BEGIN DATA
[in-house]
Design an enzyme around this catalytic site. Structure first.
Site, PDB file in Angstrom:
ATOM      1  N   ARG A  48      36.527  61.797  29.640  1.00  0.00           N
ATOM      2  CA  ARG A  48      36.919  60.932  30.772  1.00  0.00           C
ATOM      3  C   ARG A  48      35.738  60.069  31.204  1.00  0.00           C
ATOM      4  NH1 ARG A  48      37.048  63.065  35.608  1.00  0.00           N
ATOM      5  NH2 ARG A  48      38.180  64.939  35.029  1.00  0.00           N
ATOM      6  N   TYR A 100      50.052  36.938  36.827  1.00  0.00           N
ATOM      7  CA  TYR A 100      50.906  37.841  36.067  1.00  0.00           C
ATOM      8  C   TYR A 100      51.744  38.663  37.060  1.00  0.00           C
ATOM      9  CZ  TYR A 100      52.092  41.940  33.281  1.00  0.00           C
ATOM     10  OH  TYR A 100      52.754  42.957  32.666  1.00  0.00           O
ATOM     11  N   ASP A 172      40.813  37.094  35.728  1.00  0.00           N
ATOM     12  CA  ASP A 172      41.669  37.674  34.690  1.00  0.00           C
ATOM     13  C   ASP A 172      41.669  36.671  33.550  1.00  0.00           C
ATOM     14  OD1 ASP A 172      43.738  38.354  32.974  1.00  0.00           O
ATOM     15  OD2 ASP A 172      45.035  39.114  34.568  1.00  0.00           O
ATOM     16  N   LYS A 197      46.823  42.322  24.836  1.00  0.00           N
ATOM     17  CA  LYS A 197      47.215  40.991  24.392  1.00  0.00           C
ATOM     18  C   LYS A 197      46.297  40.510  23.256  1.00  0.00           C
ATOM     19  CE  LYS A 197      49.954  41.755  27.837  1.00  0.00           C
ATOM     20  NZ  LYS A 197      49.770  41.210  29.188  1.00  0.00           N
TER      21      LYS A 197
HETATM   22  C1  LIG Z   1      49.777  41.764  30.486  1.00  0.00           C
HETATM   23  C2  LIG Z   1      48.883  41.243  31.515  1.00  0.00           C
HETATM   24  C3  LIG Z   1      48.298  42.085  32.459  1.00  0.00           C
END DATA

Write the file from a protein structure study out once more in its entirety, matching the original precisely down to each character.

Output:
[in-house]
Design an enzyme around this catalytic site. Structure first.
Site, PDB file in Angstrom:
ATOM      1  N   ARG A  48      36.527  61.797  29.640  1.00  0.00           N
ATOM      2  CA  ARG A  48      36.919  60.932  30.772  1.00  0.00           C
ATOM      3  C   ARG A  48      35.738  60.069  31.204  1.00  0.00           C
ATOM      4  NH1 ARG A  48      37.048  63.065  35.608  1.00  0.00           N
ATOM      5  NH2 ARG A  48      38.180  64.939  35.029  1.00  0.00           N
ATOM      6  N   TYR A 100      50.052  36.938  36.827  1.00  0.00           N
ATOM      7  CA  TYR A 100      50.906  37.841  36.067  1.00  0.00           C
ATOM      8  C   TYR A 100      51.744  38.663  37.060  1.00  0.00           C
ATOM      9  CZ  TYR A 100      52.092  41.940  33.281  1.00  0.00           C
ATOM     10  OH  TYR A 100      52.754  42.957  32.666  1.00  0.00           O
ATOM     11  N   ASP A 172      40.813  37.094  35.728  1.00  0.00           N
ATOM     12  CA  ASP A 172      41.669  37.674  34.690  1.00  0.00           C
ATOM     13  C   ASP A 172      41.669  36.671  33.550  1.00  0.00           C
ATOM     14  OD1 ASP A 172      43.738  38.354  32.974  1.00  0.00           O
ATOM     15  OD2 ASP A 172      45.035  39.114  34.568  1.00  0.00           O
ATOM     16  N   LYS A 197      46.823  42.322  24.836  1.00  0.00           N
ATOM     17  CA  LYS A 197      47.215  40.991  24.392  1.00  0.00           C
ATOM     18  C   LYS A 197      46.297  40.510  23.256  1.00  0.00           C
ATOM     19  CE  LYS A 197      49.954  41.755  27.837  1.00  0.00           C
ATOM     20  NZ  LYS A 197      49.770  41.210  29.188  1.00  0.00           N
TER      21      LYS A 197
HETATM   22  C1  LIG Z   1      49.777  41.764  30.486  1.00  0.00           C
HETATM   23  C2  LIG Z   1      48.883  41.243  31.515  1.00  0.00           C
HETATM   24  C3  LIG Z   1      48.298  42.085  32.459  1.00  0.00           C